Battery-powered headlights snap onto metal brackets attached to the dashboard. The brackets come with the lamps. Note also the construction of the front axle and the steering-knuckle assembly

506

The brake band is a 1/2-in. V-belt anchored to a stationary lug and a tightener, and passes around a V-pulley on the axle. Note the two studs which engage the wheel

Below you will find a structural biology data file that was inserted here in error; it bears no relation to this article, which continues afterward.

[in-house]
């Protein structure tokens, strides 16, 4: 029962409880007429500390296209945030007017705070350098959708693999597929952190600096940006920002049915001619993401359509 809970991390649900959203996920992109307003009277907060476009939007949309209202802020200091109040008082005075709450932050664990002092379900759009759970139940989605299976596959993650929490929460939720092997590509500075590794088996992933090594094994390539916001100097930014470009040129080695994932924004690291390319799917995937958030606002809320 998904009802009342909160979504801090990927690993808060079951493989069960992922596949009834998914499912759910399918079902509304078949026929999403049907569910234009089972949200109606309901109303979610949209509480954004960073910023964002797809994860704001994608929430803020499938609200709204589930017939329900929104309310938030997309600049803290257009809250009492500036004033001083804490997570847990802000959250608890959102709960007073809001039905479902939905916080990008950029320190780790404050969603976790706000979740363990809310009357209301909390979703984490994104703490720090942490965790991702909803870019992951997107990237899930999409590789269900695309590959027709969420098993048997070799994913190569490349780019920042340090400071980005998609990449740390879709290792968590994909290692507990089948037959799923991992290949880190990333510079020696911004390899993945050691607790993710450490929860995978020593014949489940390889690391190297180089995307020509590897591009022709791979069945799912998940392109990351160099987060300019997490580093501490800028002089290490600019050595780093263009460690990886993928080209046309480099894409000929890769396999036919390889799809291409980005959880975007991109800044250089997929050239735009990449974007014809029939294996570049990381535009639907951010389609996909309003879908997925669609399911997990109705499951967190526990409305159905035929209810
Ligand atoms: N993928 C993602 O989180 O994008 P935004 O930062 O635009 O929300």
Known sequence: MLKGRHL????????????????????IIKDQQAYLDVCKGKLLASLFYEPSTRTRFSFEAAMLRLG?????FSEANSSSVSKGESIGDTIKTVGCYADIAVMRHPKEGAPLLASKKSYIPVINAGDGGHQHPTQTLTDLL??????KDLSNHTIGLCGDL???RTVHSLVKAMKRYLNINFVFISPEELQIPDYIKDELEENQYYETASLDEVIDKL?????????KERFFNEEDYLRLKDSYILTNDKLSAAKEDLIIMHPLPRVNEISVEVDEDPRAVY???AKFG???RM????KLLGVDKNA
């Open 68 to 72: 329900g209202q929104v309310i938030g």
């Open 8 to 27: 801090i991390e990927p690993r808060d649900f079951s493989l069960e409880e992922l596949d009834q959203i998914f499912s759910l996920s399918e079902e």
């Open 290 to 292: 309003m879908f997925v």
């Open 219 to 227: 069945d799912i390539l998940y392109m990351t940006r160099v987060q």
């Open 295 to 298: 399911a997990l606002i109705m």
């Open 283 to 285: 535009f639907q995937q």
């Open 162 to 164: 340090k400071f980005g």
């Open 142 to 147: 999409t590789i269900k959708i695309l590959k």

view that there are three pairs of bolts that pass through the axle, the two kingbolts, the pair of carriage bolts holding the frame to the axle, and a pair of machine bolts that hold the three parts of the axle together. The wheel spindles swing on the kingbolts, which pivot 1/4-in. pipe tees. Threads in the body of the latter are reamed out to take the kingbolts in a close fit. A hex nut, lock washer and a steering arm are placed on each spindle before turning the latter into the threaded stem of each tee. You'll see the order of assembly in the pull-apart view. A shaft collar with setscrews holds each wheel. Assemble the rear axle in its bearings on the frame. Then make the brake-shaft supports and screw them in place on the underside of the frame, noting that the one that is grooved for the brake-band lug goes on the right side of the frame, viewed from the front. The complete brake assembly is shown pulled apart. There are two points to note especially in this assembly. First, the brake-band lug, part No. 38, drops into the groove in the brake-shaft support. The wood screw holding it in the groove passes through the frame from the top. side, through the lug and is turned into the brake-shaft support. The inner end of the lug is held by a 10-24 screw (with nut) which passes through a hole in the frame. This hole must be drilled through the